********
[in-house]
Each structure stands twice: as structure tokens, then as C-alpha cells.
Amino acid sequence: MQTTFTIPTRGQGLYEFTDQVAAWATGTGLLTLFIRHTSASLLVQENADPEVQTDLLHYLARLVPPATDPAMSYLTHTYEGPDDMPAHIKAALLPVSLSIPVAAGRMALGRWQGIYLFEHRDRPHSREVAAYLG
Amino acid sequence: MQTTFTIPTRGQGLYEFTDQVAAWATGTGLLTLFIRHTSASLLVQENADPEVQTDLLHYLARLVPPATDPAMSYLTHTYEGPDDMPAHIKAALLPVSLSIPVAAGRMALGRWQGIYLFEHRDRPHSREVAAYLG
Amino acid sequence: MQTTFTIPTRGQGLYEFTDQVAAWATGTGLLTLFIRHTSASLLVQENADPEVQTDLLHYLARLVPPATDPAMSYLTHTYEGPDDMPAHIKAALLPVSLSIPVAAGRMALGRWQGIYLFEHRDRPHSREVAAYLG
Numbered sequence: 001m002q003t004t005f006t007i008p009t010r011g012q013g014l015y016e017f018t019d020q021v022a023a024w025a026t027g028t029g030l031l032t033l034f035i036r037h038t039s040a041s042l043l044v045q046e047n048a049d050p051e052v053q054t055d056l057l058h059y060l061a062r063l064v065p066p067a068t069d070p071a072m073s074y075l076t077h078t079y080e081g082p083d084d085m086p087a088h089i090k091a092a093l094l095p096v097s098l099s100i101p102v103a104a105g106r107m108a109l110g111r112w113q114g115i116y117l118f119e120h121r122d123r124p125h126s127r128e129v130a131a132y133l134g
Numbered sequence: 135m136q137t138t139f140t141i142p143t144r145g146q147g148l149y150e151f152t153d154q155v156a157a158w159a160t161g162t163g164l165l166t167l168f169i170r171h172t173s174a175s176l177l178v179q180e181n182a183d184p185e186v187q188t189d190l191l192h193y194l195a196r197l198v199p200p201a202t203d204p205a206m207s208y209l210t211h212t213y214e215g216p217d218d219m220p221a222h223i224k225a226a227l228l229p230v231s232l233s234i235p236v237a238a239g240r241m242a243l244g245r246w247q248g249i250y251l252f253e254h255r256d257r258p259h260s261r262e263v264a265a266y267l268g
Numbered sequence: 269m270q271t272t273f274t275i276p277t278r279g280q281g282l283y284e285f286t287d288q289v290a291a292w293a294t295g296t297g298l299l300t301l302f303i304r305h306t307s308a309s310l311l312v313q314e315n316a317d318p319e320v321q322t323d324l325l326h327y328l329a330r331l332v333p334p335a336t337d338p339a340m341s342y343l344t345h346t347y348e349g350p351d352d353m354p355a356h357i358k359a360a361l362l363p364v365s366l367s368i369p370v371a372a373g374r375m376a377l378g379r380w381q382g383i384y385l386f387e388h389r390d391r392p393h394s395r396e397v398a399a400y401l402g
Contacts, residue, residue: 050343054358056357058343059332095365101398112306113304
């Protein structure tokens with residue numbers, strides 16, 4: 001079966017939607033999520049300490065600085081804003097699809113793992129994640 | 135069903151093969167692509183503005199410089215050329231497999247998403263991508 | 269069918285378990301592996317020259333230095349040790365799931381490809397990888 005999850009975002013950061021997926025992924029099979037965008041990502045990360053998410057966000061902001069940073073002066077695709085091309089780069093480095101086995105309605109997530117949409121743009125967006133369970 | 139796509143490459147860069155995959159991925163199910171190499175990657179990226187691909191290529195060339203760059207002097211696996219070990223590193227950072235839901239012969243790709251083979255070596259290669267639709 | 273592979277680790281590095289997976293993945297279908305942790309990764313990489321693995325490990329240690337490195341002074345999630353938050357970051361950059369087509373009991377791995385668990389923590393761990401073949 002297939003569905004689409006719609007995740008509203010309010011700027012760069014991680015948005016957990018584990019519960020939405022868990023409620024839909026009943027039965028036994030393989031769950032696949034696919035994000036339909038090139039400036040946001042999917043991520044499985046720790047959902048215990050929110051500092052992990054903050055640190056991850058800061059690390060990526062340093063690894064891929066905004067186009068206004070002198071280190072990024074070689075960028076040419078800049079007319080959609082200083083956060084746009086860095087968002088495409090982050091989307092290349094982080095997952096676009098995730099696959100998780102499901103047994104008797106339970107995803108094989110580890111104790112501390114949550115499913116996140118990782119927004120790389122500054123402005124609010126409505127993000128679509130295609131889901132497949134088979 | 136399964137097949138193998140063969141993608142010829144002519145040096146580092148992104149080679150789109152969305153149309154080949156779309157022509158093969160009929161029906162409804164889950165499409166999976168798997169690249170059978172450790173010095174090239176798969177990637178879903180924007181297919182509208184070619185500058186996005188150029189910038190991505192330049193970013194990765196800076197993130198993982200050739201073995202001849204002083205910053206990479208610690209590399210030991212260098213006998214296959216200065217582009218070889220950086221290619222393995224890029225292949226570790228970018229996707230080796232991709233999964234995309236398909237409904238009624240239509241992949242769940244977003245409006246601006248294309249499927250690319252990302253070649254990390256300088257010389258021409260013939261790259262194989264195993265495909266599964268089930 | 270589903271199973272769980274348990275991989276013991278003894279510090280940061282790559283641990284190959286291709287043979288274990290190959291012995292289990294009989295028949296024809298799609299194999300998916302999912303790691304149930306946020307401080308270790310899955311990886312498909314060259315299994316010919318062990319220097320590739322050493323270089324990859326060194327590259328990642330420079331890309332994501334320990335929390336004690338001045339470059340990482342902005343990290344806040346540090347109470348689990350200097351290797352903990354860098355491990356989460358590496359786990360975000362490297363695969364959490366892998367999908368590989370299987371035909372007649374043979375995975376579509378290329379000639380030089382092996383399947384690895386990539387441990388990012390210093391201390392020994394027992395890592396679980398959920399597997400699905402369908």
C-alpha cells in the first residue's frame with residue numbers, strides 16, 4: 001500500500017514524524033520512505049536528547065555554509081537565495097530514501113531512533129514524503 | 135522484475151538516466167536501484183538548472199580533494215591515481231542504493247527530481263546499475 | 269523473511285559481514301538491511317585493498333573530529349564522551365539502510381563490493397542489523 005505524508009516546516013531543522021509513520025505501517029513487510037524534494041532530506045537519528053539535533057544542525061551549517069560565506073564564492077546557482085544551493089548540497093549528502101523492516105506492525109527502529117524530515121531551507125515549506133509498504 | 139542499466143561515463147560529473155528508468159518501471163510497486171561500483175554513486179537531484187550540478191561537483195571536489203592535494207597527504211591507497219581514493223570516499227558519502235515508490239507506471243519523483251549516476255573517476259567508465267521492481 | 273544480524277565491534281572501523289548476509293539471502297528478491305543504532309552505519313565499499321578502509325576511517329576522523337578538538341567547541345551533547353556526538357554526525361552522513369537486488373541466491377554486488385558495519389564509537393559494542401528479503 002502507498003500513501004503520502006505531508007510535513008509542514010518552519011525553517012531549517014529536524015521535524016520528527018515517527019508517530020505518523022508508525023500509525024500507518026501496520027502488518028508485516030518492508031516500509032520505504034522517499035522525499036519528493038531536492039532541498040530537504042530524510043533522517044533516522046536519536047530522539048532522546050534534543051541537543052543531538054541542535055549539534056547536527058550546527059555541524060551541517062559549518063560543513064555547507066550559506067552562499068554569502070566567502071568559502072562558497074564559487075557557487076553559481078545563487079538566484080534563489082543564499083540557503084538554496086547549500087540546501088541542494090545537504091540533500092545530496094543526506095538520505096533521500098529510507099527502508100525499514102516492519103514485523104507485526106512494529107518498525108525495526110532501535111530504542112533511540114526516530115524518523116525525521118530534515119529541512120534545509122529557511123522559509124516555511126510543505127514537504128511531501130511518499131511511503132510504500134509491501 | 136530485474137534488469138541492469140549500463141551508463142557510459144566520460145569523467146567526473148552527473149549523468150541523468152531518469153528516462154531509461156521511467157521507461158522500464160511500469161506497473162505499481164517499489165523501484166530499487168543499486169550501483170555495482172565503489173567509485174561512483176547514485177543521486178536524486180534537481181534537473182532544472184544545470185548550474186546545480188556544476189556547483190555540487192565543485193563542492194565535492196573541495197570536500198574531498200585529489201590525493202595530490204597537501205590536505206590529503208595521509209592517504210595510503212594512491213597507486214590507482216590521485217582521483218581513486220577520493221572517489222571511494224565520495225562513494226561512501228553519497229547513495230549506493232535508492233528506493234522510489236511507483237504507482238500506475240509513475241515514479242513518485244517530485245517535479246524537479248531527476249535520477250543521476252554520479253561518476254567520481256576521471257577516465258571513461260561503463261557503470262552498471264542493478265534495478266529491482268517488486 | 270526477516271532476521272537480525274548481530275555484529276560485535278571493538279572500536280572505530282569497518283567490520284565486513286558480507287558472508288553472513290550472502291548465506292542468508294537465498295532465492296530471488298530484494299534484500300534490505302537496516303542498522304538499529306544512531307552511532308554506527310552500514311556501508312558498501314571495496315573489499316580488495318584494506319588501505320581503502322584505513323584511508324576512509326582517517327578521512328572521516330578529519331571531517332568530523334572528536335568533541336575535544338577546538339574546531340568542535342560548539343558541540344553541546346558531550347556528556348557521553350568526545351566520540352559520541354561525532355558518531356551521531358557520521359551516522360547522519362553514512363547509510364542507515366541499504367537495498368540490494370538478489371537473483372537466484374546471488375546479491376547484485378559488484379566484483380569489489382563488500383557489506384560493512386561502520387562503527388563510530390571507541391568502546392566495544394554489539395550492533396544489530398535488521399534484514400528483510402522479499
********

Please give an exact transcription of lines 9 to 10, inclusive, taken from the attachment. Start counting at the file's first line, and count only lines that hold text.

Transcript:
Contacts, residue, residue: 050343054358056357058343059332095365101398112306113304
């Protein structure tokens with residue numbers, strides 16, 4: 001079966017939607033999520049300490065600085081804003097699809113793992129994640 | 135069903151093969167692509183503005199410089215050329231497999247998403263991508 | 269069918285378990301592996317020259333230095349040790365799931381490809397990888 005999850009975002013950061021997926025992924029099979037965008041990502045990360053998410057966000061902001069940073073002066077695709085091309089780069093480095101086995105309605109997530117949409121743009125967006133369970 | 139796509143490459147860069155995959159991925163199910171190499175990657179990226187691909191290529195060339203760059207002097211696996219070990223590193227950072235839901239012969243790709251083979255070596259290669267639709 | 273592979277680790281590095289997976293993945297279908305942790309990764313990489321693995325490990329240690337490195341002074345999630353938050357970051361950059369087509373009991377791995385668990389923590393761990401073949 002297939003569905004689409006719609007995740008509203010309010011700027012760069014991680015948005016957990018584990019519960020939405022868990023409620024839909026009943027039965028036994030393989031769950032696949034696919035994000036339909038090139039400036040946001042999917043991520044499985046720790047959902048215990050929110051500092052992990054903050055640190056991850058800061059690390060990526062340093063690894064891929066905004067186009068206004070002198071280190072990024074070689075960028076040419078800049079007319080959609082200083083956060084746009086860095087968002088495409090982050091989307092290349094982080095997952096676009098995730099696959100998780102499901103047994104008797106339970107995803108094989110580890111104790112501390114949550115499913116996140118990782119927004120790389122500054123402005124609010126409505127993000128679509130295609131889901132497949134088979 | 136399964137097949138193998140063969141993608142010829144002519145040096146580092148992104149080679150789109152969305153149309154080949156779309157022509158093969160009929161029906162409804164889950165499409166999976168798997169690249170059978172450790173010095174090239176798969177990637178879903180924007181297919182509208184070619185500058186996005188150029189910038190991505192330049193970013194990765196800076197993130198993982200050739201073995202001849204002083205910053206990479208610690209590399210030991212260098213006998214296959216200065217582009218070889220950086221290619222393995224890029225292949226570790228970018229996707230080796232991709233999964234995309236398909237409904238009624240239509241992949242769940244977003245409006246601006248294309249499927250690319252990302253070649254990390256300088257010389258021409260013939261790259262194989264195993265495909266599964268089930 | 270589903271199973272769980274348990275991989276013991278003894279510090280940061282790559283641990284190959286291709287043979288274990290190959291012995292289990294009989295028949296024809298799609299194999300998916302999912303790691304149930306946020307401080308270790310899955311990886312498909314060259315299994316010919318062990319220097320590739322050493323270089324990859326060194327590259328990642330420079331890309332994501334320990335929390336004690338001045339470059340990482342902005343990290344806040346540090347109470348689990350200097351290797352903990354860098355491990356989460358590496359786990360975000362490297363695969364959490366892998367999908368590989370299987371035909372007649374043979375995975376579509378290329379000639380030089382092996383399947384690895386990539387441990388990012390210093391201390392020994394027992395890592396679980398959920399597997400699905402369908």